A Different Game
February 6, 2009
Occasionally someone has an inspired moment. Shawn Wilbur, in a post at the Forums of the Libertarian Left, sums up quite well the problem with the debates that spring up around mutualism and also offers a valuable perspective on the “key elements” behind the philosophy:
I wish we would all play a different game.
Time preference explains what it explains, and we should pay attention to the issued raised. There is no Official Mutualist Position on Austrian Economics, and I think Kevin [Carson] has shown some interesting points of contact and compatibility, while some of the historical work we’ve done shows that even some the most “objective”-looking LTV approaches could incorporate the most subjective of price theories without a burp. Most of the “debates” we have about this stuff are pointless. They get us nowhere philosophically or politically.
The mutualist predictions about rates of interest are, ultimately, almost all from other time periods. Some of them seem to me to have been very plausible, while others seem to have been the promotion of a dogma a bit beyond the situation it was supposed to address. Abstract quibbles about the right or just returns to capital and labor never seem to get beyond the slogan or anti-slogan phase.
I would think virtually everyone here would agree that privilege deforms markets, and that labor and credit markets are undoubtedly among those deformed by present privilege. Those who claim to be anarchists but don’t think the present, massive government involvement in various markets deforms those markets significantly may deserve the “vulgar” label, or there may be genuine disagreements about, say, the extent to which unions tilt the playing field, etc. There are certainly plenty of an-caps I have talked to who don’t seem to think much would change under an-capism, except perhaps that they would get some extra something that they consider their due. I think a lot of that is just personal arrogance in the place of politics, but whatever… We would probably still be better off in a world where “winners” win and “losers” lose, as opposed to one in which governmentalism and the Peter Principle have the whip hand.
With the mutual principle, which is the core of mutualism and the reason that so many of the key texts of mutualism were not “dumb,” and were able to acknowledge the circumstances under which “usury” might be appropriate — (But, hey, look! For most of us there are alternatives!) — you could really construct as wild and woolly or as damn-near-welfare-statish as you — mutually and voluntarily — wanted. And, naturally, if you think of the people around you as fellows, as naturally connected to you, and if you don’t think of cooperation as somehow an abandonment of individuality, then you have a lot more options. I’m always amazed at how the proponents of “association” and “division of labor” are almost polar opposites, although they’re working from some of the same insights about the relationship between individuals and collectives.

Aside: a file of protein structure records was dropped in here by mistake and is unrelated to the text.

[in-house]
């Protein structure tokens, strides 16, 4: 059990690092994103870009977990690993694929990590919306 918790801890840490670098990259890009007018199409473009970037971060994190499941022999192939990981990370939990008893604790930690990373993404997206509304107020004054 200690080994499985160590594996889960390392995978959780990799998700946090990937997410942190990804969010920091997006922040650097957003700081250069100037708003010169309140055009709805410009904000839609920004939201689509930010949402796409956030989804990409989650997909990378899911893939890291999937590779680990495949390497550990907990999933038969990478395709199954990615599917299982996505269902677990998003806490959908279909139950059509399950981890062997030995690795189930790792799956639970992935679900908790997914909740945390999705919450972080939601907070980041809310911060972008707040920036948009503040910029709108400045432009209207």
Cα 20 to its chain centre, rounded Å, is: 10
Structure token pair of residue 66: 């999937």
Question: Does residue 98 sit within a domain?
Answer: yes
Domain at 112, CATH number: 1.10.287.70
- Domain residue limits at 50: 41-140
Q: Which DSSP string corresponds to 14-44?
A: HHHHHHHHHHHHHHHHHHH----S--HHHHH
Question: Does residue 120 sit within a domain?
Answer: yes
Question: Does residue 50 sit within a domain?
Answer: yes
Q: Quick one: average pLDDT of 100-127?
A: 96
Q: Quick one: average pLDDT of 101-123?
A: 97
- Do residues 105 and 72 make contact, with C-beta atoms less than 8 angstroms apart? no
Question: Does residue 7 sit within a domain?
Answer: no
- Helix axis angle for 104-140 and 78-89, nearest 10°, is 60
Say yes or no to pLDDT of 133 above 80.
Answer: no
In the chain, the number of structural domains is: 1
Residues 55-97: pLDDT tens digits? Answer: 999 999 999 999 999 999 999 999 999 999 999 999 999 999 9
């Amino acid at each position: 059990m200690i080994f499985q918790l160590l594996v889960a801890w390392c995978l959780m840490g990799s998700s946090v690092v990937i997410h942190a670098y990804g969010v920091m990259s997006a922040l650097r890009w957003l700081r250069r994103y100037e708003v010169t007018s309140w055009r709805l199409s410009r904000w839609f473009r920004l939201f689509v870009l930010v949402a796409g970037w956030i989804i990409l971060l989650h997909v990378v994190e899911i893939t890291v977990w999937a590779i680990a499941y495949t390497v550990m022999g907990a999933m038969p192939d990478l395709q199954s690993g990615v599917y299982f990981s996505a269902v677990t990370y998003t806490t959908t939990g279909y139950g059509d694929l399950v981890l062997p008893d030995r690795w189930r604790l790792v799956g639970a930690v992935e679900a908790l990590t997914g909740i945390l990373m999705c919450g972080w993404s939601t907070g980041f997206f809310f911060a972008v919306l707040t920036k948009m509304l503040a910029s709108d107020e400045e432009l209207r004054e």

Anyway, I think it probably is a little “dumb” to hang one’s philosophy on an old prediction about future behavior in a free society, however necessary it is to think about that stuff. Beyond opposition to the state, the key elements of mutualism seem to me to be: 1) that individuals are “equal” in standing, in very broad terms, however unequal they are in all sorts of specific ways; 2) that individuals are inescapably bound up with one another in collective “entitities” which help to shape them, and vice versa, and that these collectives are repositories or vehicles for general, cultural knowledge, and have their own powers, for good and for ill, to mediate and moderate individual interactions; 3) that conflict and indeterminacy are a natural and necessary part of individual development and social progress; 4) that voluntary associations, based in reciprocity, have the potential to route around privilege, even before the overthrow or collapse of the state; and 5) that existing institutions (property chief among them) are merely “approximations,” generated in the clash of interests, and that if Humanity has a destiny, it is to endlessly improve those institutions, in the service of self-improvement and a kind of secular perfectionism…
This is what happens when these “debates” are reduced down to dogmatic terms. I do not, of course, have any objection to interest going away, should we not need it anymore, and I’m certainly convinced of the basic superiority of mutual models, which require no interest. But my chief concern is not to do away with any particular institution. Instead, it is to work to organize society so that no coercive institution can do much harm. Tucker’s program was first of all to eliminate monopoly, at which point the coercive institutions propped up by privilege would have no props. In a free economy, we could all charge each other a gazillion percent interest, and it would be nothing other than enormously inefficient. Freedom and reciprocity are the program. The elimination of all but purely equitable and voluntary forms of interest, rent and profit, where things like time preference might well play a role, is a probably outcome among those who lean towards reciprocity. Some other people will exercise their God-given right to charge and be charged a gazillion percent…